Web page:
The Exorcist is a movie like that. It hasn’t aged well in some ways, as in todays desensitized culture the shock elements are perhaps not as shocking as they once were. But The Exorcist is still unnerving, chilling, and even moving. This is good, as those are the more important elements of the movie anyway. The story is really at the forefront here, and that’s how you make a good horror movie, or any movie for that matter, regardless of genre.
We follow actress Chris MacNeil (Ellen Burstyn), whose young daughter Regan (Linda Blair) is starting to behave oddly. After countless doctors fail to come to a diagnosis, and as Regan is acting worse and worse, she feels she has no choice but to turn to a priest for an exorcism. She finds Father Karras (Jason Miller), a priest who privately feels himself to be losing his faith in God. He manages to convince the church that an exorcism is required, at which point Father Merrin (Max von Sydow) is brought in to lead it.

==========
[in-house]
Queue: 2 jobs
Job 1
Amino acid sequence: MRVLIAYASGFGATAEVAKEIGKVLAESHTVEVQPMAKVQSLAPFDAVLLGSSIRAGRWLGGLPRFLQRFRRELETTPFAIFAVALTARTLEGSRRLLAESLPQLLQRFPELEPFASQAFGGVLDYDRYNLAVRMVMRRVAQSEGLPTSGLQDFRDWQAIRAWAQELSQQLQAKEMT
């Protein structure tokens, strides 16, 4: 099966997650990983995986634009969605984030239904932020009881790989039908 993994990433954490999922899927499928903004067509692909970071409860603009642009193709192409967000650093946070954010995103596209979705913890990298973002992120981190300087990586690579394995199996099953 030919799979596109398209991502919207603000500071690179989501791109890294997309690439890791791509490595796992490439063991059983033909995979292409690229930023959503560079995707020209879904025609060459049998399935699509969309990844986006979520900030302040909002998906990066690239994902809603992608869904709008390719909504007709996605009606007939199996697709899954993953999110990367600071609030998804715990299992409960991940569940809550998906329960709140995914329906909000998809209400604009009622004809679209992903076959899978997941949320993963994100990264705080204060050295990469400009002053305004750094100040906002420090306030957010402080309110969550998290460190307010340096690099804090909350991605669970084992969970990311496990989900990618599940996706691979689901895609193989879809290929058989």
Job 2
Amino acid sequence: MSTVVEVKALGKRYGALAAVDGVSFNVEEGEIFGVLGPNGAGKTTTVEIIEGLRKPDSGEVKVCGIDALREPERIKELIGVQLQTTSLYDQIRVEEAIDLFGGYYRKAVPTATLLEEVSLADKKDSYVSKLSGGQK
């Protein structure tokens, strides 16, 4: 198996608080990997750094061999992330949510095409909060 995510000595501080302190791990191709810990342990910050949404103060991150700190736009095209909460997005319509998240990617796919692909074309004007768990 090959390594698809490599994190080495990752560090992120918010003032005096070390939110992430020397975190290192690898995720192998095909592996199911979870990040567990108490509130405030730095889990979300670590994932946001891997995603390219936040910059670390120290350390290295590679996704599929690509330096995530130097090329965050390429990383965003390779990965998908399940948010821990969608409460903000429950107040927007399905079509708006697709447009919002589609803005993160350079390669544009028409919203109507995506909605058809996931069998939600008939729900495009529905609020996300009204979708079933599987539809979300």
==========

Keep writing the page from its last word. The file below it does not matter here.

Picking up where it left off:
This movie of course has stirred up quite a bit of controversy in its time, mainly of course for the disturbing and hideous transformation of sweet 12-year-old Regan into a possessed blasphemer and, well… cross fetishist, but the scenes detailing her experiences with the medical community are almost as bad. Perhaps it is because this torture seems to come from a more real and concrete world. It is to the movie’s credit that by the end of the movie we fully believe that the demons and exorcism are just as real. The director apparently had a lot of experience with making documentaries. Perhaps the sense of realism that is palpable throughout the movie stems from that. Strange though it may seem, the most important thing in horror movie is that sense of realism. Without it, no strange and gruesome events would ever be really scary.